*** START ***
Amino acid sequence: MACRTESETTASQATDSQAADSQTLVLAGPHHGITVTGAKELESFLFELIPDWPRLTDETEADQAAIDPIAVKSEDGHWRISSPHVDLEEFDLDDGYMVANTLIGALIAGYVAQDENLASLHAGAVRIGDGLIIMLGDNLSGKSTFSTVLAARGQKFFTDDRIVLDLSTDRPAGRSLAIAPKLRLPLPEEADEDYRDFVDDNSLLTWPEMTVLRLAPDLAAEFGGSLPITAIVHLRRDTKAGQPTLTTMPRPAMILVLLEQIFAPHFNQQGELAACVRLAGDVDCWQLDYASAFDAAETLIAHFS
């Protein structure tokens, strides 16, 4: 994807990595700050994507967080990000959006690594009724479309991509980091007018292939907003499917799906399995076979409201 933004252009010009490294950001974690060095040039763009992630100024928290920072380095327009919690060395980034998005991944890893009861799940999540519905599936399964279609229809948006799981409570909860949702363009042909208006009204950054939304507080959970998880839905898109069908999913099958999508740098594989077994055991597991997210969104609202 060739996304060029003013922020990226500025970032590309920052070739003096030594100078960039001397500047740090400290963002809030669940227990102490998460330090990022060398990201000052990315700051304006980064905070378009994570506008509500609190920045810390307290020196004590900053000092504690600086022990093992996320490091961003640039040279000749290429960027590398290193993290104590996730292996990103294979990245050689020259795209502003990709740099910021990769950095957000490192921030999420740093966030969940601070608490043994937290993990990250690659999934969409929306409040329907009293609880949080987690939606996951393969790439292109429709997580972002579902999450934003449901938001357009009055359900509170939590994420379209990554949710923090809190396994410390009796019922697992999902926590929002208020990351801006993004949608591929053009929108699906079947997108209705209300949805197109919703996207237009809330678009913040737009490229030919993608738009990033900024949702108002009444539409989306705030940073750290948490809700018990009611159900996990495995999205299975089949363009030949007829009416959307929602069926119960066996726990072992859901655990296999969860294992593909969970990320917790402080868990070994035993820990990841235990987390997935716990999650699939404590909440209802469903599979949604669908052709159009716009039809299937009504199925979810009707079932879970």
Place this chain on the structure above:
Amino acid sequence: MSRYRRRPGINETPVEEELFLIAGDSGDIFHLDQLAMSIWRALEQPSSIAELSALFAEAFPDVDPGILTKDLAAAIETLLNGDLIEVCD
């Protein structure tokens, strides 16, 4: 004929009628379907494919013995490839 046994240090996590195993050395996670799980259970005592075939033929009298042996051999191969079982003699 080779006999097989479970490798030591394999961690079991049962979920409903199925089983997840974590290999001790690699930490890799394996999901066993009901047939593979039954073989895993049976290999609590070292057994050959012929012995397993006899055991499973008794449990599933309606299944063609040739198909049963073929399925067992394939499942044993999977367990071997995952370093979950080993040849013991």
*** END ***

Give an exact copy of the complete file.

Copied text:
Amino acid sequence: MACRTESETTASQATDSQAADSQTLVLAGPHHGITVTGAKELESFLFELIPDWPRLTDETEADQAAIDPIAVKSEDGHWRISSPHVDLEEFDLDDGYMVANTLIGALIAGYVAQDENLASLHAGAVRIGDGLIIMLGDNLSGKSTFSTVLAARGQKFFTDDRIVLDLSTDRPAGRSLAIAPKLRLPLPEEADEDYRDFVDDNSLLTWPEMTVLRLAPDLAAEFGGSLPITAIVHLRRDTKAGQPTLTTMPRPAMILVLLEQIFAPHFNQQGELAACVRLAGDVDCWQLDYASAFDAAETLIAHFS
């Protein structure tokens, strides 16, 4: 994807990595700050994507967080990000959006690594009724479309991509980091007018292939907003499917799906399995076979409201 933004252009010009490294950001974690060095040039763009992630100024928290920072380095327009919690060395980034998005991944890893009861799940999540519905599936399964279609229809948006799981409570909860949702363009042909208006009204950054939304507080959970998880839905898109069908999913099958999508740098594989077994055991597991997210969104609202 060739996304060029003013922020990226500025970032590309920052070739003096030594100078960039001397500047740090400290963002809030669940227990102490998460330090990022060398990201000052990315700051304006980064905070378009994570506008509500609190920045810390307290020196004590900053000092504690600086022990093992996320490091961003640039040279000749290429960027590398290193993290104590996730292996990103294979990245050689020259795209502003990709740099910021990769950095957000490192921030999420740093966030969940601070608490043994937290993990990250690659999934969409929306409040329907009293609880949080987690939606996951393969790439292109429709997580972002579902999450934003449901938001357009009055359900509170939590994420379209990554949710923090809190396994410390009796019922697992999902926590929002208020990351801006993004949608591929053009929108699906079947997108209705209300949805197109919703996207237009809330678009913040737009490229030919993608738009990033900024949702108002009444539409989306705030940073750290948490809700018990009611159900996990495995999205299975089949363009030949007829009416959307929602069926119960066996726990072992859901655990296999969860294992593909969970990320917790402080868990070994035993820990990841235990987390997935716990999650699939404590909440209802469903599979949604669908052709159009716009039809299937009504199925979810009707079932879970």
Place this chain on the structure above:
Amino acid sequence: MSRYRRRPGINETPVEEELFLIAGDSGDIFHLDQLAMSIWRALEQPSSIAELSALFAEAFPDVDPGILTKDLAAAIETLLNGDLIEVCD
């Protein structure tokens, strides 16, 4: 004929009628379907494919013995490839 046994240090996590195993050395996670799980259970005592075939033929009298042996051999191969079982003699 080779006999097989479970490798030591394999961690079991049962979920409903199925089983997840974590290999001790690699930490890799394996999901066993009901047939593979039954073989895993049976290999609590070292057994050959012929012995397993006899055991499973008794449990599933309606299944063609040739198909049963073929399925067992394939499942044993999977367990071997995952370093979950080993040849013991």